Arrival at CDG airport north of Paris 05:50. We’d been flying for 11hrs including a short layover in Atlanta to switch planes. While not uncomfortable, it was difficult to get much rest (sleep was fitful). NEXT we had to get ourselves to Saint Jean Pied de Port (SJPP) France (on the eastern side of the Pyrenees). Our first hiking day would see us crossing the Pyrenees into Spain. BUT for now we had to find the most efficient (and hopefully cheapest) way to get there. I can hear it now “Dummy – why didn’t you reserve ahead… and save yourself the headaches. After spending numerous hours on varied websites ( travel agents, French railroads, Airlines etc) I found it too complex… and had a sneaking suspicion that it was much easier than what I was seeing online… SO I opted for the ‘let’s just get there and then …’ approach. Having worked in the past, I had faith it would once again. Besides which, the approach has always led to spontaneous , interesting and exciting adventures… which have become some of our most cherished memories… me squatting along a roadside, map in hand trying to communicate with an Omani local about the best road around the desert… pointing at the map and scratching a better map in the sand he points to a road, then his truck – shakes his head YES, then points at my rental car and shakes his head NO. Til sits in the car and takes photos. We still laugh about how crazy we were.
Anyway… after securing our baggage we head off to the nearest train station. The representative was incredibly lovely. We could wait until 12:58 pm, take the train from the airport, make two changes and arrive in SJPP around 7-something pm that night. OR if we left right away we could catch the local train (“20 euros” she said, “but you will have leave immediately to make it”) into Paris then catch a Fast train from Montparnasse in the middle of the city… arriving at 2:50 pm OR we could “take a TAXI (“maybe 50 euros”, she said, “ would get you there faster – 30 minutes drive and is easier than making changes on the local trains”). Tired and starting to feel the weariness we opted for the more expensive BUT “easier” Taxi option and booked the Fast Train from Montparnasse, headed off to find the taxi. We realized that the taxis all use meters.. and the ‘50 Euros’ was an estimate with a reasonable range of variation (maybe 10%?). With confidence we boarded a taxi with a French-African lady driver … disdainful at first, she warmed to us as the trip progressed (and the meter climbed to new and higher amounts also).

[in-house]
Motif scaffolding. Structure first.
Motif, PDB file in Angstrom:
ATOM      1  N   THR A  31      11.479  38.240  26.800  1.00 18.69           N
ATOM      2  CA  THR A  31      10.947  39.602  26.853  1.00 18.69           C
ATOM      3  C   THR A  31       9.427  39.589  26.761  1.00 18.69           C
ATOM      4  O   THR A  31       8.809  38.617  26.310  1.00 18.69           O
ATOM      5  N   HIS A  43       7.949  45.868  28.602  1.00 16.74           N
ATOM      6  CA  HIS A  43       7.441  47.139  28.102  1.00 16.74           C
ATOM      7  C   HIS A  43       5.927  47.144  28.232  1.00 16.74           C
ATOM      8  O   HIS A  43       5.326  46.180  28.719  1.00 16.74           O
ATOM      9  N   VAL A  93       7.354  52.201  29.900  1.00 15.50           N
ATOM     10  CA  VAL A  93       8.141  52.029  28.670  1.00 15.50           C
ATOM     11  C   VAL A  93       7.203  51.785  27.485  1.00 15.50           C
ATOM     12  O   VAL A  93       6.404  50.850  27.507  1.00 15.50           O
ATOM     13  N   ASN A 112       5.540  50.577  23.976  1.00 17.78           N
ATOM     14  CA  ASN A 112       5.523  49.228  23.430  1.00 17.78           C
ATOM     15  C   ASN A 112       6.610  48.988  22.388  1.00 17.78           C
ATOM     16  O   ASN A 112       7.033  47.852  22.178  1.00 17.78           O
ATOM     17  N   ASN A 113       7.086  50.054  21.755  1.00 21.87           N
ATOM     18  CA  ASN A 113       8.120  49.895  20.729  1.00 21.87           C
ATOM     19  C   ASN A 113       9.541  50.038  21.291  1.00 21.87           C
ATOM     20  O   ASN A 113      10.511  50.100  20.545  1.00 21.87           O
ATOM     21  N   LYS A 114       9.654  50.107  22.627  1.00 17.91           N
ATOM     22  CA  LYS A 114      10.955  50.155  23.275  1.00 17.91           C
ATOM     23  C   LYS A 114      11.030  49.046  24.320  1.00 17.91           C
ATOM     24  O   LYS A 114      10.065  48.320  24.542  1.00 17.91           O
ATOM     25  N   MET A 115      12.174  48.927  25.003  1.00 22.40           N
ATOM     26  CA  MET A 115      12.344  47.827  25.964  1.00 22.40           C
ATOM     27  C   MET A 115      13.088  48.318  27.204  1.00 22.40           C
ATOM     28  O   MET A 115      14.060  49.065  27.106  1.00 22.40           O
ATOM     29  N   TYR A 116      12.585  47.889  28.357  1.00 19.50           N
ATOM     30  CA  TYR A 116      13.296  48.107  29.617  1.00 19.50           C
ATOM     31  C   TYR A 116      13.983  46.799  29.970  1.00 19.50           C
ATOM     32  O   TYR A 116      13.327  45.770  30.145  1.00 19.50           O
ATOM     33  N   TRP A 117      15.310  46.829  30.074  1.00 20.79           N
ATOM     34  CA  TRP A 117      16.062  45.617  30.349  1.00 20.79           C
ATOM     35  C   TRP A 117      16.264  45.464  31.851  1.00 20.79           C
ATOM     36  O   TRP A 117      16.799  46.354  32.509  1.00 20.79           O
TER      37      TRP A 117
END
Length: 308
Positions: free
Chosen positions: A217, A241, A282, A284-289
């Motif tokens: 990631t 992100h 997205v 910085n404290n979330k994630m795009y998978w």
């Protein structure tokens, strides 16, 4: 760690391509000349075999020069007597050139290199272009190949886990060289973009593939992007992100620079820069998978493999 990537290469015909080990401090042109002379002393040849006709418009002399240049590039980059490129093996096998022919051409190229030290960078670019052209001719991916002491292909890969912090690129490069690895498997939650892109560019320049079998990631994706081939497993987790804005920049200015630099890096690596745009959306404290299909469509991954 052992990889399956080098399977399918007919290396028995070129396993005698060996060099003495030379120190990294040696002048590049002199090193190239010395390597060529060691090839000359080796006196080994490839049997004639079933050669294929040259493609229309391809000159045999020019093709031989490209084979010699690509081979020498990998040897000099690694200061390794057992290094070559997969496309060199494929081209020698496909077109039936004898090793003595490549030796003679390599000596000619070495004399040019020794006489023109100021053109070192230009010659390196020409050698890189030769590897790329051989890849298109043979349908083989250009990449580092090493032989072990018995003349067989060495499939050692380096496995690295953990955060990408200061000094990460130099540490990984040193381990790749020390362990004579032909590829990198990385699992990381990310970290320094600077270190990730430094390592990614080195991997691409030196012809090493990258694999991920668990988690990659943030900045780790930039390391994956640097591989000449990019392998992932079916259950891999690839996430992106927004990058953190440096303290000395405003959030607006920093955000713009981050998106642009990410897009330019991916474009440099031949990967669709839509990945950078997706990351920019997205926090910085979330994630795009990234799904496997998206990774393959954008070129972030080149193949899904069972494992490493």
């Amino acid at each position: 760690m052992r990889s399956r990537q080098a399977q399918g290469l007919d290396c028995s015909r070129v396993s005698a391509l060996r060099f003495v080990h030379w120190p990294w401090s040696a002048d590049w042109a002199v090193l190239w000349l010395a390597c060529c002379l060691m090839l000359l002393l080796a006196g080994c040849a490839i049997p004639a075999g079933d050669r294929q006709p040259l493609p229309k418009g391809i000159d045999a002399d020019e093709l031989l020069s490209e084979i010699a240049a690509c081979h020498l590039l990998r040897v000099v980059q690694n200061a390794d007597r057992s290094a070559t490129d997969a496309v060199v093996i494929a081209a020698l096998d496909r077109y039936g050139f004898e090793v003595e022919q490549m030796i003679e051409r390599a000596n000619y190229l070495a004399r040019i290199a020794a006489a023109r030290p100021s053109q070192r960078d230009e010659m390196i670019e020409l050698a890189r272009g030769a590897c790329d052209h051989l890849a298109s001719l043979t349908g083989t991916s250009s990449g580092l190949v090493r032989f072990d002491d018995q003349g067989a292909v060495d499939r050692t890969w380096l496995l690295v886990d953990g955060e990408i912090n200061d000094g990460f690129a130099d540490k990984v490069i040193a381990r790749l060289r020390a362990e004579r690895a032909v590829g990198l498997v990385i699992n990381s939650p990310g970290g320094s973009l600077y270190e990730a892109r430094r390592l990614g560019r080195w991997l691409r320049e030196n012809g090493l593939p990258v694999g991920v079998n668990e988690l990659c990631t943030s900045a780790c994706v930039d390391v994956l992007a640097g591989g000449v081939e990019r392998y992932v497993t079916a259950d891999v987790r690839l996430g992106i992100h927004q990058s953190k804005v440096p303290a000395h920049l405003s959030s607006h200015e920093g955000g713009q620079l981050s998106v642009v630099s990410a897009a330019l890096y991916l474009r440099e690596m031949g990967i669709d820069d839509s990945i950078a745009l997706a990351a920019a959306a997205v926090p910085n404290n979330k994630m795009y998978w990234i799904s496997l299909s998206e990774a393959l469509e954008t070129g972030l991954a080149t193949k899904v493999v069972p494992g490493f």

It was 8 am. We had until 9:58 to reach our destination and board the train. Our driver got us immediately into the left, fastest lane… piece of cake. As we approached Paris, the traffic built and slowed … and slowed … and – shit! We did not think about RUSH HOUR… BUT what the hey!… we had almost an hour and a half to get there. Soon the white-lining motorcycles and scooters were whizzing by us on the right… THEN the first of a half dozen police cars lights and sirens blaring woo-ahh woo-ahh squeezed through the space between our lanes. I was thinking “ accident, be a little delay … BUT what the hey!… we still have an hour and 15 minutes to get there”. Traffic slowed again… people were jumping lanes… and our lady driver started to nervously pound on the steering wheel. She programed her GPS to find a way through. I could see that it was taking us to a very large roundabout… and suspected it was the Arc de Triomph – the quintessential TRAFFIC MESS and terrifying FRENCH TAXI RIDE – I’ve seen pictures and movies, AT THAT POINT we got the EXPERIENCE. AS the meter climbed past the 50 euros mark, I thought “what the hey we get a hell of a ride, too!”